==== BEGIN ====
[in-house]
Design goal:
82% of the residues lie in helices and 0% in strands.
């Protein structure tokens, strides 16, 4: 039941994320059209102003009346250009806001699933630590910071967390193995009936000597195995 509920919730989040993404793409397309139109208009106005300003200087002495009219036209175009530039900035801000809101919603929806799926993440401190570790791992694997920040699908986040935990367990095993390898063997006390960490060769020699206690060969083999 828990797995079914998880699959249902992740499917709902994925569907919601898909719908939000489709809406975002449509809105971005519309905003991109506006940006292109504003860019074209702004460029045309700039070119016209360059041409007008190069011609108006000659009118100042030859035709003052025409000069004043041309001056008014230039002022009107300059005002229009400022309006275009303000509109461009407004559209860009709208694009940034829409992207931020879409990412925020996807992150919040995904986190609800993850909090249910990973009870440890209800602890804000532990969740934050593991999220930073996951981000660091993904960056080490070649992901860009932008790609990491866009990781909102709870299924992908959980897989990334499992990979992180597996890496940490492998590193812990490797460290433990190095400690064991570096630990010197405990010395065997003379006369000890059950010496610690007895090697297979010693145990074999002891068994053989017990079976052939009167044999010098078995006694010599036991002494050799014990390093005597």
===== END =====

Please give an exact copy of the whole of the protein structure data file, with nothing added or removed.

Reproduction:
[in-house]
Design goal:
82% of the residues lie in helices and 0% in strands.
């Protein structure tokens, strides 16, 4: 039941994320059209102003009346250009806001699933630590910071967390193995009936000597195995 509920919730989040993404793409397309139109208009106005300003200087002495009219036209175009530039900035801000809101919603929806799926993440401190570790791992694997920040699908986040935990367990095993390898063997006390960490060769020699206690060969083999 828990797995079914998880699959249902992740499917709902994925569907919601898909719908939000489709809406975002449509809105971005519309905003991109506006940006292109504003860019074209702004460029045309700039070119016209360059041409007008190069011609108006000659009118100042030859035709003052025409000069004043041309001056008014230039002022009107300059005002229009400022309006275009303000509109461009407004559209860009709208694009940034829409992207931020879409990412925020996807992150919040995904986190609800993850909090249910990973009870440890209800602890804000532990969740934050593991999220930073996951981000660091993904960056080490070649992901860009932008790609990491866009990781909102709870299924992908959980897989990334499992990979992180597996890496940490492998590193812990490797460290433990190095400690064991570096630990010197405990010395065997003379006369000890059950010496610690007895090697297979010693145990074999002891068994053989017990079976052939009167044999010098078995006694010599036991002494050799014990390093005597």